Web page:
Iolanthe, Mabreterese and Jonick’s Excellent Adventure
Saturday 7th May 2007
The Quest to Find Tolkien’s Oxford
Iolanthe the Muddled
Mabreterese the Brave
Jonick the Extremely Patient
and their trusty steed, Corsa the blue
Three friends there were of days of old:
when bright sun shone with gleaming gold
And hearts were high and feet were ready
and trusty Corsa, true and steady
did rev his engine at jonick’s tread,
with maps in hand and plans all read
did sally forth with eager faces….
Ok…. this is way too difficult....
One day soon after the Tolkien Conference
, mabreterese and I had the mad idea of seeing everything in Oxford associated with Tolkien in one day. After a lengthy hatching we settled on Easter as a great time to go for it. So armed with a spiffing Plan ‘A’ devised by mabreterese, lots of useful bits of paper, an inaccurate map of Tolkien’s Oxford haunts that I downloaded from a website, a complete ignorance about Tolkien’s favourite tree (see Botanic Gardens and the Great Tree Quest
below) and with jonick our new MeJ member as our trusty driver, we headed off for Oxford on Saturday morning. It was a gloriously balmy spring day, perfect weather for tramping the Tolkien Trail with cameras and maps. After a long drive talking about the books and admiring ‘fluffy’ trees (mabreterese’s great word for trees that are mainly naked but have a bit of budding going on) we arrived at the first stop of Plan A, Wolvercote Cemetery.
Wolvercote Cemetery or ‘The Eagles are Coming’
Tolkien and Edith’s grave
Much to our relief Tolkien and Edith’s grave was signposted as I couldn’t remember exactly where it was from my last visit. Jonick loped off ahead and managed to pass it several times but I could spot it from afar it with it’s impressive rosemary bush now in full flower. Someone had left a fresh bunch of flowers in a jar and a spray of pink carnations lay beside them. Bees buzzed happily over the rosemary. The weatherworn toy lamb and battered felt eagle were still resting on the shrub by the headstone (remember them, Merry?), there were new rings hanging on the rose trees and, right on the edge of the grave, someone had left a nice shiny pair of sunglasses. If I remember rightly there are no sunglasses in LotR (not even in the glare of Mount Doom).
To properly mark the occasion I whipped out my copy of poems from LotR and read the Eagles Song
from the end of The Return of the King. I thought the words would be very fitting so close to Easter and the return of the true King.
It was very beautiful and peaceful and we spent quite a time there before heading back to the car and one of Oxford’s many park-and-ride carparks.
Tolkien and Edith’s grave showing the rosemary and heather in full bloom
20 and 22 Northmoor Road or Huan the Hound
20 Northmoor (R) and 22 Northmoor (L)
After depositing our car at the park-and-ride we took the bus into the centre of Oxford, hopping off half way to find Northmoor Road. 22 Northmoor Road is where the Tolkiens lived from 1925 to 1930 before moving next door to the roomier number 20, where they lived until 1947.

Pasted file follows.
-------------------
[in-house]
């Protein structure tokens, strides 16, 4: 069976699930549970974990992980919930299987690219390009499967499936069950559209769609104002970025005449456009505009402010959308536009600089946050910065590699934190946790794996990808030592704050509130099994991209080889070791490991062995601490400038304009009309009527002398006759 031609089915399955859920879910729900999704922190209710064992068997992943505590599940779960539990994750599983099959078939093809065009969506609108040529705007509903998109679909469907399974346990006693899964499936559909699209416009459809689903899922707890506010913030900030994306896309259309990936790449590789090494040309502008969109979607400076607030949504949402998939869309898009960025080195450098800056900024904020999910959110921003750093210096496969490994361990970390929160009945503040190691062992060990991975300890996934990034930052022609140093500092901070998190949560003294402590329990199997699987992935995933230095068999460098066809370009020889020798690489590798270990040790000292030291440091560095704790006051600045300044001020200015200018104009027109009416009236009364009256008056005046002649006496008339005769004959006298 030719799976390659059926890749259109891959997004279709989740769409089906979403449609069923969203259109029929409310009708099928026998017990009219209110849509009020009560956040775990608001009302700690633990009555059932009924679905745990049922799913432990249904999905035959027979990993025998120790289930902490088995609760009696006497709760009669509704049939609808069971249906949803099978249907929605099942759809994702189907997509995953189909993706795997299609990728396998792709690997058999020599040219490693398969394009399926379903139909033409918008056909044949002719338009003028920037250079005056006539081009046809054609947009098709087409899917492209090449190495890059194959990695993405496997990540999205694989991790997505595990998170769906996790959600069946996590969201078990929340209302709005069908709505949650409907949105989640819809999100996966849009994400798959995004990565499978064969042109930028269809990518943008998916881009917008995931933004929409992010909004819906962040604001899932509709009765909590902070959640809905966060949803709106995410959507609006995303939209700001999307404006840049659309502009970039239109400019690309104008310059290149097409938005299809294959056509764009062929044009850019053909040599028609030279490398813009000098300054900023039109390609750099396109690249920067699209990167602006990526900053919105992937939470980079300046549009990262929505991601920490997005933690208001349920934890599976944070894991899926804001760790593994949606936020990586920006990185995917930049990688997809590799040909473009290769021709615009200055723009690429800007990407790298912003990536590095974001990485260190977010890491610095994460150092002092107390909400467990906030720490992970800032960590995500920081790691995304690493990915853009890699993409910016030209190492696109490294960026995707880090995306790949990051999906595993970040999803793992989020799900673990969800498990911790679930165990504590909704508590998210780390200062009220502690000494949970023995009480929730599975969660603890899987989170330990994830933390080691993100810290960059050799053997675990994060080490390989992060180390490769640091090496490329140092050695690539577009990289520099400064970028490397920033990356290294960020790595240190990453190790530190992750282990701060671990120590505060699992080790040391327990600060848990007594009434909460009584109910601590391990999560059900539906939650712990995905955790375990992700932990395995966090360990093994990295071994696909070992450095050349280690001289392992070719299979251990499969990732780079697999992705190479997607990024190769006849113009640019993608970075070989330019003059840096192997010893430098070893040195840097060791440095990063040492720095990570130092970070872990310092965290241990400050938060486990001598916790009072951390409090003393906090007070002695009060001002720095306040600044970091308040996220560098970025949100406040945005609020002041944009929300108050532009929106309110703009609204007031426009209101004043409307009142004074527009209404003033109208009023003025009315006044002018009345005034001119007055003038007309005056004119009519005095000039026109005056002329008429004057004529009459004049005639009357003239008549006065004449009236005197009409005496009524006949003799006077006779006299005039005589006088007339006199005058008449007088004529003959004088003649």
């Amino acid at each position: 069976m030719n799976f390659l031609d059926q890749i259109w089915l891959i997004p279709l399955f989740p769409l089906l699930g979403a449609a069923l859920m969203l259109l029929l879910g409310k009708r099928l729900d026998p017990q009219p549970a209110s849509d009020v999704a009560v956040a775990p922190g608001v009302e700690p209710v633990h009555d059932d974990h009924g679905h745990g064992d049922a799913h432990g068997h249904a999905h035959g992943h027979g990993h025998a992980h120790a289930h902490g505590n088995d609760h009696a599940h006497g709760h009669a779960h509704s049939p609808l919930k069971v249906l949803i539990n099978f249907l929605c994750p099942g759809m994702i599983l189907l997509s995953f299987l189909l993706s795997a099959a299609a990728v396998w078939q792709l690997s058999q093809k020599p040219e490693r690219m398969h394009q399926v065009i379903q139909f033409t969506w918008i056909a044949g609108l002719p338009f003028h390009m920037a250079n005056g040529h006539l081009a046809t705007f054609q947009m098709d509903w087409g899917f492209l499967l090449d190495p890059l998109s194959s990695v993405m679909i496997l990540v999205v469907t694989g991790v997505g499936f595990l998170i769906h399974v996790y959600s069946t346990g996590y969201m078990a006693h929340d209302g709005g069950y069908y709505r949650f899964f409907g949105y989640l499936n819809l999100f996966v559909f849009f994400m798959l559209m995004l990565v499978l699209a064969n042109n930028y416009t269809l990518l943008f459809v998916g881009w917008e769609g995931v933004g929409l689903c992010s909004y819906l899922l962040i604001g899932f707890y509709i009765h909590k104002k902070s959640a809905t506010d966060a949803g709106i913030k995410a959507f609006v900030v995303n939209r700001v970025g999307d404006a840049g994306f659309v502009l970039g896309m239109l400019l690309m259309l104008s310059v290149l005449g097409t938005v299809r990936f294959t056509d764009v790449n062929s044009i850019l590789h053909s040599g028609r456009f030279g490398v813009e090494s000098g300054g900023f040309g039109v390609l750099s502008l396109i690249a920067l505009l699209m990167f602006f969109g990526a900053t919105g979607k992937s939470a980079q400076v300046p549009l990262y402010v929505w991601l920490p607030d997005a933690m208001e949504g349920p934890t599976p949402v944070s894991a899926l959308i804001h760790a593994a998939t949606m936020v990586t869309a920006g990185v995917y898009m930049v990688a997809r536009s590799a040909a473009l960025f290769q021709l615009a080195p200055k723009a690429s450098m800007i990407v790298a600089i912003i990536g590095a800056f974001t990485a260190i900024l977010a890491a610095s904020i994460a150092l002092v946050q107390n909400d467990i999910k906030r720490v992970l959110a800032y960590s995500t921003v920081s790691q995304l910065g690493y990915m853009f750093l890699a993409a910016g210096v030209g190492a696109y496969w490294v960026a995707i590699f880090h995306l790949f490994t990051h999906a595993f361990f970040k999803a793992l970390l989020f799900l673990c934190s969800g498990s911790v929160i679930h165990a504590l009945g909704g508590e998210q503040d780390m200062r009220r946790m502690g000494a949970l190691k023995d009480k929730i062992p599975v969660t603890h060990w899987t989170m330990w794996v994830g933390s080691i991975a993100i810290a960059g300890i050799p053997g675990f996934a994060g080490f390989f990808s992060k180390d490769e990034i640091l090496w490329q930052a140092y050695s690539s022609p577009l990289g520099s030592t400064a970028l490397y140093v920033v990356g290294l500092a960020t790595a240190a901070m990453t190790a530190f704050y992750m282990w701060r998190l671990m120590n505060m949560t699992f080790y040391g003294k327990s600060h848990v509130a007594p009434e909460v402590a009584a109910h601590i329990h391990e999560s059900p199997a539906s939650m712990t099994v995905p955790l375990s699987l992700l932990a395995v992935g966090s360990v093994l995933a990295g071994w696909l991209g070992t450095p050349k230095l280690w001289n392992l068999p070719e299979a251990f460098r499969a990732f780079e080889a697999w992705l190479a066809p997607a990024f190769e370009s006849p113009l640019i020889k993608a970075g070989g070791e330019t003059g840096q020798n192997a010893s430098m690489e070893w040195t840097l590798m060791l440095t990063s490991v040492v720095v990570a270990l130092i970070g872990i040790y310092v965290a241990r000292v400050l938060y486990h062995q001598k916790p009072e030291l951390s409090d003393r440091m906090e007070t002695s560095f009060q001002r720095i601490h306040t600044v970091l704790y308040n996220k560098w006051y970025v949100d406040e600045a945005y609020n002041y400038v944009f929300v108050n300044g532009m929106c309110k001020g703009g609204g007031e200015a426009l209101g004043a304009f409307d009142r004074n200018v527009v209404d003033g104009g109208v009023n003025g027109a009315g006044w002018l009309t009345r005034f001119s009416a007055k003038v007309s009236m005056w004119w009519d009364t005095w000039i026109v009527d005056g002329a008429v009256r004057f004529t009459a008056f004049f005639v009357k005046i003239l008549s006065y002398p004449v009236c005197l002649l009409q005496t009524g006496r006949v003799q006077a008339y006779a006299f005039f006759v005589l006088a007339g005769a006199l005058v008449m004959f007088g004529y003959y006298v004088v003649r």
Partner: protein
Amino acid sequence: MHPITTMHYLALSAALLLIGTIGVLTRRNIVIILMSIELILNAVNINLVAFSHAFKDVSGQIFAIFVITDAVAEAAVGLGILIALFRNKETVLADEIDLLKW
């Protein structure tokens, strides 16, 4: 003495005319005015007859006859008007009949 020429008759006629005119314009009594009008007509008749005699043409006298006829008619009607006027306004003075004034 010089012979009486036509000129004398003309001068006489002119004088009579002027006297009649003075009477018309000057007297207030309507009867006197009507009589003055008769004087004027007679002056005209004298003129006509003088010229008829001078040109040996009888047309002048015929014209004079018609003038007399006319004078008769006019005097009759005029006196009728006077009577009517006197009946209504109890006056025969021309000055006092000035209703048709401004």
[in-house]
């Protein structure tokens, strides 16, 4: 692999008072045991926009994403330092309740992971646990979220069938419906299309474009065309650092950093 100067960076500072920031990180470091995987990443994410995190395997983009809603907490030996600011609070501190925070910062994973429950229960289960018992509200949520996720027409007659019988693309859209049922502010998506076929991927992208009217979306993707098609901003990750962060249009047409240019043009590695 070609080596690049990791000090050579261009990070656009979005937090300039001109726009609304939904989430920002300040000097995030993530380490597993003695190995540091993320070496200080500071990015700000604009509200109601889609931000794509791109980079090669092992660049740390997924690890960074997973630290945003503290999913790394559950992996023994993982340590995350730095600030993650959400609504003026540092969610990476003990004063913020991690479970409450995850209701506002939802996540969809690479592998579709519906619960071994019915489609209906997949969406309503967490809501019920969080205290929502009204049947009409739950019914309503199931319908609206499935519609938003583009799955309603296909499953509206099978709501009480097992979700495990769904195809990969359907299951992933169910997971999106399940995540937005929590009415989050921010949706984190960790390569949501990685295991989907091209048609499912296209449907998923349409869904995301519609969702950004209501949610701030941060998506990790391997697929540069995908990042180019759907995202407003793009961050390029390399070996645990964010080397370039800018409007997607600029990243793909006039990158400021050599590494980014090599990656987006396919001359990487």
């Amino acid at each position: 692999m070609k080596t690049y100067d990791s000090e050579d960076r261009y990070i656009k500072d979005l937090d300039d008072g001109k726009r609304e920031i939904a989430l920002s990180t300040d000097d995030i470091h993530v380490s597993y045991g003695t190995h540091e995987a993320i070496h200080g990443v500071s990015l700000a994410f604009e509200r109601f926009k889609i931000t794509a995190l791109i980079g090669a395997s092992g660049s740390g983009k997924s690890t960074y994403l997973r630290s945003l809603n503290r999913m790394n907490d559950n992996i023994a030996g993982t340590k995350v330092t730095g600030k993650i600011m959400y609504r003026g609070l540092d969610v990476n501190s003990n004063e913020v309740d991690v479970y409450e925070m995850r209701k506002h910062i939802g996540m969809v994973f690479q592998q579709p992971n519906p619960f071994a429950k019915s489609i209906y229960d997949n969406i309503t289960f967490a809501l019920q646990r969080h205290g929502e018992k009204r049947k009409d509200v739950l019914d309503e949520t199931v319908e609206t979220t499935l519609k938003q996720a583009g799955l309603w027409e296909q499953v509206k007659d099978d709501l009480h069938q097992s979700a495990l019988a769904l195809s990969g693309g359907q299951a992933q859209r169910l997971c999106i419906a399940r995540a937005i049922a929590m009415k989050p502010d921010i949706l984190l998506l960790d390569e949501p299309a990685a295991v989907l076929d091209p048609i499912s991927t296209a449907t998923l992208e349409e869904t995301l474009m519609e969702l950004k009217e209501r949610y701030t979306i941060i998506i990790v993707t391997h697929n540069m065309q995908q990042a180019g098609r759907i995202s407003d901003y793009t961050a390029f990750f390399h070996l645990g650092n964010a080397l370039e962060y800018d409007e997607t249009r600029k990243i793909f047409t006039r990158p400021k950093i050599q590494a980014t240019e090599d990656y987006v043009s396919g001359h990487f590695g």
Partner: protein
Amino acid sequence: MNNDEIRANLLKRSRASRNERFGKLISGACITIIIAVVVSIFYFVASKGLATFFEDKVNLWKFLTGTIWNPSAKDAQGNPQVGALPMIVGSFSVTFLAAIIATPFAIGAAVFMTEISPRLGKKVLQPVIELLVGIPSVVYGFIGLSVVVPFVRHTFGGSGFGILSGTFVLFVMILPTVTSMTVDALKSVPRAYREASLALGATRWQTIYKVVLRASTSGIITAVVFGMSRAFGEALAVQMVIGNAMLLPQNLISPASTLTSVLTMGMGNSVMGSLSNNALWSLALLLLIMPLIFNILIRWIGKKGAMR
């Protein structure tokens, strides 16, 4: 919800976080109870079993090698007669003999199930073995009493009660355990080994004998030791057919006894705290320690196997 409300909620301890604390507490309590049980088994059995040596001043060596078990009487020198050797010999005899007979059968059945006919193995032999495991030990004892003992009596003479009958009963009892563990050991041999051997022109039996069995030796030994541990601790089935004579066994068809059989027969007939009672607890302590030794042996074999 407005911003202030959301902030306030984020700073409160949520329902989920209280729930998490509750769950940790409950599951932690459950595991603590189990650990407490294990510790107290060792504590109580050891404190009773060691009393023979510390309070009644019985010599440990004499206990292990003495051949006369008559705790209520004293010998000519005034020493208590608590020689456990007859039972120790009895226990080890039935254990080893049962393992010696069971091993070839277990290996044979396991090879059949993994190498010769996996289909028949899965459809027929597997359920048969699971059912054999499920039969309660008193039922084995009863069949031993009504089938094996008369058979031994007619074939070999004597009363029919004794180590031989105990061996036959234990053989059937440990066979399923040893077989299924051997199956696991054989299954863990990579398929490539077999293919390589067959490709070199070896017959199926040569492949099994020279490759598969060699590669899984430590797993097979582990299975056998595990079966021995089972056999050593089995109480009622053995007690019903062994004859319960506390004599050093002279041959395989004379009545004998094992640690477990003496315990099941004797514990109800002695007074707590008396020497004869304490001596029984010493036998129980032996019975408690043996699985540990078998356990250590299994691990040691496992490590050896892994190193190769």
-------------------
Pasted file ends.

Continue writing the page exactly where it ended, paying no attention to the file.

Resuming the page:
Now, there is something very shady about lurking around suburban streets staring at people’s houses. We tried to perfect a kind of nonchalance, approaching from the opposite side of the road with the air of casual passers by who just happen to have cameras and a habit of lingering, but it’s jolly difficult to carry off. Number 20 has a Blue Plaque proclaiming the Tolkien residency whereas number 22 has a loud dog trained to smell the over-excited scent of Lord of the Rings
fans and bark madly at them. Number 22 is the prettier house, a bit lower and snugger with a well grown garden of bushes and tall trees protecting it. Number 20 doesn’t seem to mind you looking at it so much and anyway, its fence has fallen down.
Number 20 Northmoor Road
Here is my photo of the blue plaque at number 20. You can’t read the dates because I was lurking nonchalantly behind a tree.
But mabreterese has a photo of the gate and actual number of number 22 which she bravely stood and took while I nonchalantly retreated up the road.
The Eagle and Child or Ecstasy in the Rabbit Room
The next part of Plan A was to hop on a bus into the centre of Oxford and have lunch at the Eagle and Child, where Tolkien, C.S. Lewis and the other Inklings often had their beer and smoked their pipes beside a cosy fire. The Eagle and Child is pretty much opposite jonick’s old college, St. Johns, and he admitted that in all his undergraduate years he had never drunk there
. This almost disqualified him from the Tolkien Quest completely but we took pity on him and allowed him to order our lunch.
Imagine our delight when some people left as soon as we came in without even finishing their drinks and we found a free table in the Rabbit Room where The Inklings ACTUALLY SAT. No more sitting around the corner and basking in its reflected light, like at the Tolkien Conference, or annoying other drinkers by leaning over them to look at the photos, like the guided tour. We were there. The nook was ours. Or half ours as others had the table nearest the fire. Imagine our delight when they too left (perhaps the heat of our joy was too much for them) and we moved to THE corner by the fire and sat under Tolkien’s photo and the plaque declaring that the Inklings had been there. Now we were sitting where the Inklings had sat. We glowed through the whole lunch. We thought what a shame it was we didn’t have Merry’s number so we could ring her and yell ‘Guess where we are!!!!’. We lingered over our pie, egg and chips and veggie sausages with mash reluctant to leave. We got menus to take home with us from a kindly bar staff who understood that it’s best to humour nutters.
Inklings corner in the Rabbit Room, Eagle and Child.
Eventually we managed to prise ourselves out of the nook and into…
St. Aloysius is just up the road from the Eagle and Child and was Tolkien’s main place of worship for much of his time in Oxford. Mabreterese has a photo of the sober exterior, I hope, as I forgot to take one. Very impressive and highly decorated inside it has a kind of quiet gravitas. Quiet preparations were being made for Easter Sunday while we trudged nonchalantly up and down trying not to look like over-excited Tolkien fans who had just arrived from the Eagle and Child.
Exeter College and My Room
Our next stop was going to be Exeter College where Tolkien was an undergraduate and, hugely more important, where Merry and I stayed for the Oxford Tolkien Conference.
But….. Exeter College was closed and I couldn’t show mabreterese and jonick the wonderful Chapel with the William Morris tapestries, Tolkien’s bust, the lovely Quadrangle and, hugely more importantly, the window of my room. We contented ourselves with standing outside in Turl street where I pointed out that one of the windows above us was the window of (rather less importantly) Tolkien’s